And he doesn’t look at the current problems of Goldman and its competitors with a sense of history. Fraud, scandals, and conflicts of interest on Wall Street should be addressed, as Smith says, but they are nothing new. “Why I Left,” though, is mostly limited to the dozen years Smith was at the company and the “toxic” culture he observed at the end. I wonder if he understood that Goldman may not have been all it was cracked up to be in the first place.
That said, he’s getting creamed with criticisms I don’t think he deserves. The book was all hype and didn’t disclose anything illegal, goes one argument. Well, the author said “I don’t know of any illegal behavior” in that op-ed seven months ago, so why did his critics expect otherwise? My favorite Greg Smith bash is the argument that goes something like this: “He asked Goldman for a million-dollar bonus that he didn’t deserve.” Are we really supposed to be shocked at the notion of someone on Wall Street wanting to get paid more than they deserve?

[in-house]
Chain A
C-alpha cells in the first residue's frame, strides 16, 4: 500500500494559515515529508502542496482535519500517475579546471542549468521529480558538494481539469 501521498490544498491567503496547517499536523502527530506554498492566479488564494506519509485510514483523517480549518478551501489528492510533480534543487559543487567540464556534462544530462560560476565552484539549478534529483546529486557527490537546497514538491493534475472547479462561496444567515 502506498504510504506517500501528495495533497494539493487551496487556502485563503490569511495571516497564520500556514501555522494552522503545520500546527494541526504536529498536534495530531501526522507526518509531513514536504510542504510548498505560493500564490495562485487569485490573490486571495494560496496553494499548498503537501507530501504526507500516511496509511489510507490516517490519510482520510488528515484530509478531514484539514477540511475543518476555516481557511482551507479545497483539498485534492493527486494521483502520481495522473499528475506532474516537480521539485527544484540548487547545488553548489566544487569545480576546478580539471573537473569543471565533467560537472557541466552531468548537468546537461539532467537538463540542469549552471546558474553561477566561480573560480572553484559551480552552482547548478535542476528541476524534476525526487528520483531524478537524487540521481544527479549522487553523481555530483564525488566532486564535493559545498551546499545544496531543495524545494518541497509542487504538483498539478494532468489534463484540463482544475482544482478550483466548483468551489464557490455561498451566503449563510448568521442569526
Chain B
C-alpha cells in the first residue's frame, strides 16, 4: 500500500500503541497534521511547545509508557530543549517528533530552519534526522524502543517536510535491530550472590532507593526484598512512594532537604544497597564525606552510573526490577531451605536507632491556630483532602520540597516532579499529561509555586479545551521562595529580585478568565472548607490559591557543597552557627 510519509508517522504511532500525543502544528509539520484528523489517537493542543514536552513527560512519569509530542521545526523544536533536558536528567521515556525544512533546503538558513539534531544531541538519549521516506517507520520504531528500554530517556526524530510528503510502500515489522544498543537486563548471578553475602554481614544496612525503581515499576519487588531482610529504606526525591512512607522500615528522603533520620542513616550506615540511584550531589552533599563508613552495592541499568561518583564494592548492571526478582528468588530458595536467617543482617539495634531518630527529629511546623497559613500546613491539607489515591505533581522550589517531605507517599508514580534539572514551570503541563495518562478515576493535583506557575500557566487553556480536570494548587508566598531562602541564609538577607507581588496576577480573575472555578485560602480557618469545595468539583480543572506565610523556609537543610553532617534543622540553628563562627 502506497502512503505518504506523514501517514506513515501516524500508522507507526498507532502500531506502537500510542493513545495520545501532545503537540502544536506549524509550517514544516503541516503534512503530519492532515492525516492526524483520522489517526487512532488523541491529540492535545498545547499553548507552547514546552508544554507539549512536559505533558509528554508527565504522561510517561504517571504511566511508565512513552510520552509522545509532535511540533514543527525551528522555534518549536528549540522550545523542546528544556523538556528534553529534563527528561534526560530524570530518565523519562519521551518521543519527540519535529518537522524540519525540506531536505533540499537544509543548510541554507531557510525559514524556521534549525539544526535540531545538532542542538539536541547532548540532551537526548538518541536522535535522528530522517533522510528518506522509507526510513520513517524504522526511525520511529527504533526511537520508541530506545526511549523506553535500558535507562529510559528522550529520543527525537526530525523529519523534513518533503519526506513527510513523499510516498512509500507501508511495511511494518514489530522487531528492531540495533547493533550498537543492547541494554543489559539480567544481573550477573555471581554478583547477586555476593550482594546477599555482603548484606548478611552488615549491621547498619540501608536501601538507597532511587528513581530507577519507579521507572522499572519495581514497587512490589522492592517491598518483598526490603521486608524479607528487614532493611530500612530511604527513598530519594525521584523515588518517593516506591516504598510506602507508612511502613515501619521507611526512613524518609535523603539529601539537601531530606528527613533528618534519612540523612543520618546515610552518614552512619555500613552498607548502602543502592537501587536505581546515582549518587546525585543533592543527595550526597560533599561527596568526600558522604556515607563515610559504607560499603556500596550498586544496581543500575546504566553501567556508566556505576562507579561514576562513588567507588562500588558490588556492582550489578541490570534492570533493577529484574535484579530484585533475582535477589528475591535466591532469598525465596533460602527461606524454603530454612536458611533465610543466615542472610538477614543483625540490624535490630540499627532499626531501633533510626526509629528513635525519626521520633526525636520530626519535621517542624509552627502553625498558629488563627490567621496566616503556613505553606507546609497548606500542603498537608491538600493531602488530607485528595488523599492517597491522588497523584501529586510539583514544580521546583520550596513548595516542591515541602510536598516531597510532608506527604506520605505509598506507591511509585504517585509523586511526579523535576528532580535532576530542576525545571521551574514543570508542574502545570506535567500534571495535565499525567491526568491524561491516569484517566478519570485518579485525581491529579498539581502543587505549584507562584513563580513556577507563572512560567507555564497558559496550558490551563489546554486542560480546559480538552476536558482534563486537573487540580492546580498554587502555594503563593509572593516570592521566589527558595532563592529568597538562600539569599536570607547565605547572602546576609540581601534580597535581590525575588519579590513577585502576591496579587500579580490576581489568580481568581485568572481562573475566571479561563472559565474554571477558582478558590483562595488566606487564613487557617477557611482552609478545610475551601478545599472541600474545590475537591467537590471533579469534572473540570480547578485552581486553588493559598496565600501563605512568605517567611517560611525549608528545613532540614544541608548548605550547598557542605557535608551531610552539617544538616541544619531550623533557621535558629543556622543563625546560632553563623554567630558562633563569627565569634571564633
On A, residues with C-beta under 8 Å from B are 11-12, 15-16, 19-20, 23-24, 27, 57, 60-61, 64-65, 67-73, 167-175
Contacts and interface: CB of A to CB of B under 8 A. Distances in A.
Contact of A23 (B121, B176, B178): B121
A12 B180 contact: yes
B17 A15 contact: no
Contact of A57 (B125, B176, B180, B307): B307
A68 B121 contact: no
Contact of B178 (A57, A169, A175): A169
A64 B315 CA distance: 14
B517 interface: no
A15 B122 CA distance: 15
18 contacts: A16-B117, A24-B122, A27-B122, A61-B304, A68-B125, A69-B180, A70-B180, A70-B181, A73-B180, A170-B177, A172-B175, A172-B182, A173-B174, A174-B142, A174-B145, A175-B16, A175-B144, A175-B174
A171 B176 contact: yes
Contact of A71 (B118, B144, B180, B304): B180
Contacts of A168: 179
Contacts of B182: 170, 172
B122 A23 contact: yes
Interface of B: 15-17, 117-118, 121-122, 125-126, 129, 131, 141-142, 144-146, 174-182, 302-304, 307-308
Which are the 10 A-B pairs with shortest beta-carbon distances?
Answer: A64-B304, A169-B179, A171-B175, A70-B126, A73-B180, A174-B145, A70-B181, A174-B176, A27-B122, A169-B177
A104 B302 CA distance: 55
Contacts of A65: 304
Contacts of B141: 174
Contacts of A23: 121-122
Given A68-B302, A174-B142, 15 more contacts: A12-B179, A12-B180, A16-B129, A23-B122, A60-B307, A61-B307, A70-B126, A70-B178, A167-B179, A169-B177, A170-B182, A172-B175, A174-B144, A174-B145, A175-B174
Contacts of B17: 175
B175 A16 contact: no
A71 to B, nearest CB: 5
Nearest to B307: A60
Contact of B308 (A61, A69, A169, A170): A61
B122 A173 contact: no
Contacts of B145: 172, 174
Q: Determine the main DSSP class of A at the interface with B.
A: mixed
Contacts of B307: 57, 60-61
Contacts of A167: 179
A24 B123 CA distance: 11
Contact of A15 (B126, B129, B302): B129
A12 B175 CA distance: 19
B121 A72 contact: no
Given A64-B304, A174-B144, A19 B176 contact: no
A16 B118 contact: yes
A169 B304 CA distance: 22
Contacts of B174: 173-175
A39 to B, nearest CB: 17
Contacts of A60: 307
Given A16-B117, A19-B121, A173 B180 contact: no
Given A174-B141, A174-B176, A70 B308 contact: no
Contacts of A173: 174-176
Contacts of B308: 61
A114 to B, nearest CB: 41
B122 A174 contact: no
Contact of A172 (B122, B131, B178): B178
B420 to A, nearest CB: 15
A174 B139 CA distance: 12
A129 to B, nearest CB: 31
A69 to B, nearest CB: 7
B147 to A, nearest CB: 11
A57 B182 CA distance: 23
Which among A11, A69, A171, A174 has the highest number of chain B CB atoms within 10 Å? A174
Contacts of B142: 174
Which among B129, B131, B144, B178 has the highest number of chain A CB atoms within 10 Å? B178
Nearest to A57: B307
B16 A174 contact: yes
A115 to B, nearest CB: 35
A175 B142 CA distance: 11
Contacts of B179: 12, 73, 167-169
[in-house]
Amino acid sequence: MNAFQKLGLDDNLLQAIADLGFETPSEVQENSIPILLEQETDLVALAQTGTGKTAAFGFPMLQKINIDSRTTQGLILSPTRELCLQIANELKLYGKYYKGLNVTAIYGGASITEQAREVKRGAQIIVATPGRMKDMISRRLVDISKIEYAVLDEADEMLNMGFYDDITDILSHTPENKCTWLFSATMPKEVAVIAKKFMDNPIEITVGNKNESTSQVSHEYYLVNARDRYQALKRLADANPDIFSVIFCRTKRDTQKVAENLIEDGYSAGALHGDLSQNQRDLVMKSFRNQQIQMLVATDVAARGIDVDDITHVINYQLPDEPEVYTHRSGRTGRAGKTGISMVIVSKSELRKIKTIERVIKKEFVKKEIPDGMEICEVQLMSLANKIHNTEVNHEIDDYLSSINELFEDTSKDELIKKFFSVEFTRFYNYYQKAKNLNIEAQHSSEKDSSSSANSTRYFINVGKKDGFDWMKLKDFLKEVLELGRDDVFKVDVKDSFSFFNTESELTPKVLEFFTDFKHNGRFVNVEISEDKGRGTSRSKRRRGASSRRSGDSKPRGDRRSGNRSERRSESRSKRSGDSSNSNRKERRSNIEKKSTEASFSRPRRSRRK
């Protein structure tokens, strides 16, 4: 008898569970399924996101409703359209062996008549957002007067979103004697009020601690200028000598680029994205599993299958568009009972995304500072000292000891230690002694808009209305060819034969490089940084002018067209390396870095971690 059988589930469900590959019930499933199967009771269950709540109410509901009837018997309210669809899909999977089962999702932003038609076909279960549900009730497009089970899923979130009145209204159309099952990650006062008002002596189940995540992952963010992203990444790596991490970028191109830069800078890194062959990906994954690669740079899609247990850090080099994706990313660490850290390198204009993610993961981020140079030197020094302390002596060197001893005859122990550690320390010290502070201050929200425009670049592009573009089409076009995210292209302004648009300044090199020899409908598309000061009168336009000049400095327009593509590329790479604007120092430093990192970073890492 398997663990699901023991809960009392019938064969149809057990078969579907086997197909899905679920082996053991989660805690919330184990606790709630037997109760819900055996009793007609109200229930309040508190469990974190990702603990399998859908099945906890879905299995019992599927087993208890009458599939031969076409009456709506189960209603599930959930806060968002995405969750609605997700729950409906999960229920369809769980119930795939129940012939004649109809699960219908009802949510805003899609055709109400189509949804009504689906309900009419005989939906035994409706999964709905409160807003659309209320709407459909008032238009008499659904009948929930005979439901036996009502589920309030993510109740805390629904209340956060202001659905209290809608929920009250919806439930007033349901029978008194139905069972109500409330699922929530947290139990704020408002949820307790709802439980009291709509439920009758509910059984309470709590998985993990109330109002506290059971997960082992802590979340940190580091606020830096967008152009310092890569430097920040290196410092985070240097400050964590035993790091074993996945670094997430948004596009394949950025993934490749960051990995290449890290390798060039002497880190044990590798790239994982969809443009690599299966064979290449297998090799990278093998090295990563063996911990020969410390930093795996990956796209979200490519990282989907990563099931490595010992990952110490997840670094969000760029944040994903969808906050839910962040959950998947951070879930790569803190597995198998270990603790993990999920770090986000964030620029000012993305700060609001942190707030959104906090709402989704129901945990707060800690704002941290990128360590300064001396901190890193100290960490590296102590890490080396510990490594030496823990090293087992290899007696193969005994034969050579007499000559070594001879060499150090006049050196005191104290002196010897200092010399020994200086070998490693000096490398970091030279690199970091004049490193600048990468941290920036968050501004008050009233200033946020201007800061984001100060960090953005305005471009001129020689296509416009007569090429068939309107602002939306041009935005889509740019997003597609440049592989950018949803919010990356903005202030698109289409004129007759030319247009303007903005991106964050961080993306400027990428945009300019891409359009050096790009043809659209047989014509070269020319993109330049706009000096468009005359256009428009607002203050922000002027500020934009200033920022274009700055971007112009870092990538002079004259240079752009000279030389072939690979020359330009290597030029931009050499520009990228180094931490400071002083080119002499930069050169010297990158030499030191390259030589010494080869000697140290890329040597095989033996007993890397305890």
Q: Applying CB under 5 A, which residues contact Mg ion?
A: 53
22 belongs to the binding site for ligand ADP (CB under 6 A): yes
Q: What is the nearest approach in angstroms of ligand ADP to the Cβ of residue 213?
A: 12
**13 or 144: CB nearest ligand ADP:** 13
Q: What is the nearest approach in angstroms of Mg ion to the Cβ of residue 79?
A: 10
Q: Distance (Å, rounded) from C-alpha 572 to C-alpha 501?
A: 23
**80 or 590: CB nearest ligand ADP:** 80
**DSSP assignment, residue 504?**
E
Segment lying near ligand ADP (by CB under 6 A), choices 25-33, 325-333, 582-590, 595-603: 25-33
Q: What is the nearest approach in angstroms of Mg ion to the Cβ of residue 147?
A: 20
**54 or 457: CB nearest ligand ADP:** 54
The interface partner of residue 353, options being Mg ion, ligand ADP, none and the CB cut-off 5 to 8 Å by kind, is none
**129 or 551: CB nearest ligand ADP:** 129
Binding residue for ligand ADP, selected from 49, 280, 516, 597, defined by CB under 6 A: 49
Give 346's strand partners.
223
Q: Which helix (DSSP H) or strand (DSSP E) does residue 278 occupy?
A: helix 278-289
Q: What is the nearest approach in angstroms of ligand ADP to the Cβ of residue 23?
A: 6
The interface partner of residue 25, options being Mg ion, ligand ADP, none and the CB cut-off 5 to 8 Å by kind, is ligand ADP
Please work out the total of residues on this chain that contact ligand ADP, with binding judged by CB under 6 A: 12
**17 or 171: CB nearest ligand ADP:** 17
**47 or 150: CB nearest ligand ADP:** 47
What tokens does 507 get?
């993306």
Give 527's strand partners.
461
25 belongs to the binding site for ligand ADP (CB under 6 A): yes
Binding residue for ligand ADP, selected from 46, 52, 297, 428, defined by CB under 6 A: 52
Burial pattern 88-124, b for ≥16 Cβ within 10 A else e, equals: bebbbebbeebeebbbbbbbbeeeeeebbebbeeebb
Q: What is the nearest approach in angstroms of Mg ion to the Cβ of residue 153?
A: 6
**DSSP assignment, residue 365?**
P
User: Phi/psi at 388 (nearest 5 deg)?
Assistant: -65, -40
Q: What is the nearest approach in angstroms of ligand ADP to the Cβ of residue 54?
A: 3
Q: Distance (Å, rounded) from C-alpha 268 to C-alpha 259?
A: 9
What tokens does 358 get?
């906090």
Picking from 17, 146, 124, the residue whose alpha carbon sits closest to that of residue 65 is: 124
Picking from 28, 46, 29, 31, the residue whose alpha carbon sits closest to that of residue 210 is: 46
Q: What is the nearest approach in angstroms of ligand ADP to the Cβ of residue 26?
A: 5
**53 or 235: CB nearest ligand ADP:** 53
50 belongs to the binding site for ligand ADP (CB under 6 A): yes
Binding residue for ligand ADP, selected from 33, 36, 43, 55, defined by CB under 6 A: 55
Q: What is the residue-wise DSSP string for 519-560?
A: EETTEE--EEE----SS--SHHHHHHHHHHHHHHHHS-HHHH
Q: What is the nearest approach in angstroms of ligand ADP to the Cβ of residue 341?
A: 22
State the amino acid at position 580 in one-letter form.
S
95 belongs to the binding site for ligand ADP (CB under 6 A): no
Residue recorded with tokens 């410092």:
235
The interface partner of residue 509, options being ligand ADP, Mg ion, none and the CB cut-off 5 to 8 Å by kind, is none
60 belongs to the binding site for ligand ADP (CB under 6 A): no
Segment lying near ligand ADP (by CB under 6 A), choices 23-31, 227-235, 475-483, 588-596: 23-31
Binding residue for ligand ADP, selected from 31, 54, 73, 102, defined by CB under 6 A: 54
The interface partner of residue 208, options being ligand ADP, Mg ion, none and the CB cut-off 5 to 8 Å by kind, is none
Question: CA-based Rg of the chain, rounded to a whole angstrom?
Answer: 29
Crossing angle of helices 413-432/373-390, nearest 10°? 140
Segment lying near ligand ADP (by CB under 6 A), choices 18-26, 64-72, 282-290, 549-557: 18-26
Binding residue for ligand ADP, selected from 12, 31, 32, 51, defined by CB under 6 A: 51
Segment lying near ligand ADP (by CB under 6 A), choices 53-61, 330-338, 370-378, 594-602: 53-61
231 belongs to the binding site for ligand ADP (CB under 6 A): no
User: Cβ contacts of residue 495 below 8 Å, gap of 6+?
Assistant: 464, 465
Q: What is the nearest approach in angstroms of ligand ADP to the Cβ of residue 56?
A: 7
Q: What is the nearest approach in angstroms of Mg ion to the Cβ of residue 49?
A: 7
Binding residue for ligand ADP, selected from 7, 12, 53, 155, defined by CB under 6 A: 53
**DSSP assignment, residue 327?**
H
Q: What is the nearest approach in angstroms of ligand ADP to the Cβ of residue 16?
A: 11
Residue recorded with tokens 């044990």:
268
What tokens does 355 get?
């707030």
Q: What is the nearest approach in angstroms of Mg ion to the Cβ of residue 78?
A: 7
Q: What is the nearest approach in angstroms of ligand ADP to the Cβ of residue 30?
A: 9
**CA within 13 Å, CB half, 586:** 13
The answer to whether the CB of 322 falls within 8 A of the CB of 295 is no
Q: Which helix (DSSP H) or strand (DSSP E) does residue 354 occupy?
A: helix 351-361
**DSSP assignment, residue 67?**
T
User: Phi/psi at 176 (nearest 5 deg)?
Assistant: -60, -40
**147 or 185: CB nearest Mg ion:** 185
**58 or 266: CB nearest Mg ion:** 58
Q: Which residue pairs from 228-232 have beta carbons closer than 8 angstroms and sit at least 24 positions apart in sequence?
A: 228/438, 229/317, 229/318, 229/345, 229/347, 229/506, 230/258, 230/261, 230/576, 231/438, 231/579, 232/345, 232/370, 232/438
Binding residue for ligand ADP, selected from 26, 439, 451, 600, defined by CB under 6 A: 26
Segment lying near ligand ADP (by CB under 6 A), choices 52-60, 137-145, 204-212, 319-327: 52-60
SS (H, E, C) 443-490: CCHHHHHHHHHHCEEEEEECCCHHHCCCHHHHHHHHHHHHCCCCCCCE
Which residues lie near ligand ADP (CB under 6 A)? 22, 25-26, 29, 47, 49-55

Considering Smith’s out of work, maybe Goldman will consider him for its next FT/Goldman Sachs Business Book of the Year Award, which gives five-figure payments to authors who sometimes even write about brokerage firms. Talk about a conflict of interest.
Goldman’s counterattack has been over-the-top. The firm shared excerpts from Smith’s self-evaluations with Bloomberg, as well as documents that showed he was denied a raise and a promotion.
Did you know that your bosses could hand out information from your HR files if you tick them off? I’ll bet that looming threat is adding a whole new understanding of the firm’s culture of “collaboration, teamwork and integrity” with the troops at Goldman.